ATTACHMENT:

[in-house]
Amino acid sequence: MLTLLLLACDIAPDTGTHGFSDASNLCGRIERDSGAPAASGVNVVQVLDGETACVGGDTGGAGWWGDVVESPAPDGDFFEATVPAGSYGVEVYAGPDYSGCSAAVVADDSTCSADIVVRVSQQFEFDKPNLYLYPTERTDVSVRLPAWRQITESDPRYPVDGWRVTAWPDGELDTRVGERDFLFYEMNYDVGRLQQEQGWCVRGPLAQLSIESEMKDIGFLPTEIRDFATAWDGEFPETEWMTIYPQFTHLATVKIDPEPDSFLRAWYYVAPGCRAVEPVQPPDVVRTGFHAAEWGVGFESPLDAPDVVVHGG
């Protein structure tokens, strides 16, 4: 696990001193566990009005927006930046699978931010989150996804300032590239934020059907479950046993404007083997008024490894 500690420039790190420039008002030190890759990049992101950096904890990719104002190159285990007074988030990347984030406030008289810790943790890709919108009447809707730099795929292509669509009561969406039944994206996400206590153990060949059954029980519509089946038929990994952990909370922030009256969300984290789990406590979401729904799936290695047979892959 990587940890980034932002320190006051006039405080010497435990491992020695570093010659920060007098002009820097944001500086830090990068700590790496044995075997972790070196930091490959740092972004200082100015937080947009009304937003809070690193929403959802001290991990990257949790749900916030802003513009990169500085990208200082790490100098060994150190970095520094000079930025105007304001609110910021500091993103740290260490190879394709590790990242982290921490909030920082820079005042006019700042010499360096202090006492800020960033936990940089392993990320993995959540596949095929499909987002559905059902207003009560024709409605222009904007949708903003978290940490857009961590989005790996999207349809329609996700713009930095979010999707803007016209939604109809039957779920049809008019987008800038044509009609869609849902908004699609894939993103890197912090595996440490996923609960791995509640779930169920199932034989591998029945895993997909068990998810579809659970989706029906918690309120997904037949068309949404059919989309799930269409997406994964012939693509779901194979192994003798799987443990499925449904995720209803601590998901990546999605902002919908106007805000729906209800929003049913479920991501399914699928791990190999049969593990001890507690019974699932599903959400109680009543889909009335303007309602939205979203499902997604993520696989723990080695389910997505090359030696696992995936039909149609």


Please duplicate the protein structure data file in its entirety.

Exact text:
[in-house]
Amino acid sequence: MLTLLLLACDIAPDTGTHGFSDASNLCGRIERDSGAPAASGVNVVQVLDGETACVGGDTGGAGWWGDVVESPAPDGDFFEATVPAGSYGVEVYAGPDYSGCSAAVVADDSTCSADIVVRVSQQFEFDKPNLYLYPTERTDVSVRLPAWRQITESDPRYPVDGWRVTAWPDGELDTRVGERDFLFYEMNYDVGRLQQEQGWCVRGPLAQLSIESEMKDIGFLPTEIRDFATAWDGEFPETEWMTIYPQFTHLATVKIDPEPDSFLRAWYYVAPGCRAVEPVQPPDVVRTGFHAAEWGVGFESPLDAPDVVVHGG
């Protein structure tokens, strides 16, 4: 696990001193566990009005927006930046699978931010989150996804300032590239934020059907479950046993404007083997008024490894 500690420039790190420039008002030190890759990049992101950096904890990719104002190159285990007074988030990347984030406030008289810790943790890709919108009447809707730099795929292509669509009561969406039944994206996400206590153990060949059954029980519509089946038929990994952990909370922030009256969300984290789990406590979401729904799936290695047979892959 990587940890980034932002320190006051006039405080010497435990491992020695570093010659920060007098002009820097944001500086830090990068700590790496044995075997972790070196930091490959740092972004200082100015937080947009009304937003809070690193929403959802001290991990990257949790749900916030802003513009990169500085990208200082790490100098060994150190970095520094000079930025105007304001609110910021500091993103740290260490190879394709590790990242982290921490909030920082820079005042006019700042010499360096202090006492800020960033936990940089392993990320993995959540596949095929499909987002559905059902207003009560024709409605222009904007949708903003978290940490857009961590989005790996999207349809329609996700713009930095979010999707803007016209939604109809039957779920049809008019987008800038044509009609869609849902908004699609894939993103890197912090595996440490996923609960791995509640779930169920199932034989591998029945895993997909068990998810579809659970989706029906918690309120997904037949068309949404059919989309799930269409997406994964012939693509779901194979192994003798799987443990499925449904995720209803601590998901990546999605902002919908106007805000729906209800929003049913479920991501399914699928791990190999049969593990001890507690019974699932599903959400109680009543889909009335303007309602939205979203499902997604993520696989723990080695389910997505090359030696696992995936039909149609």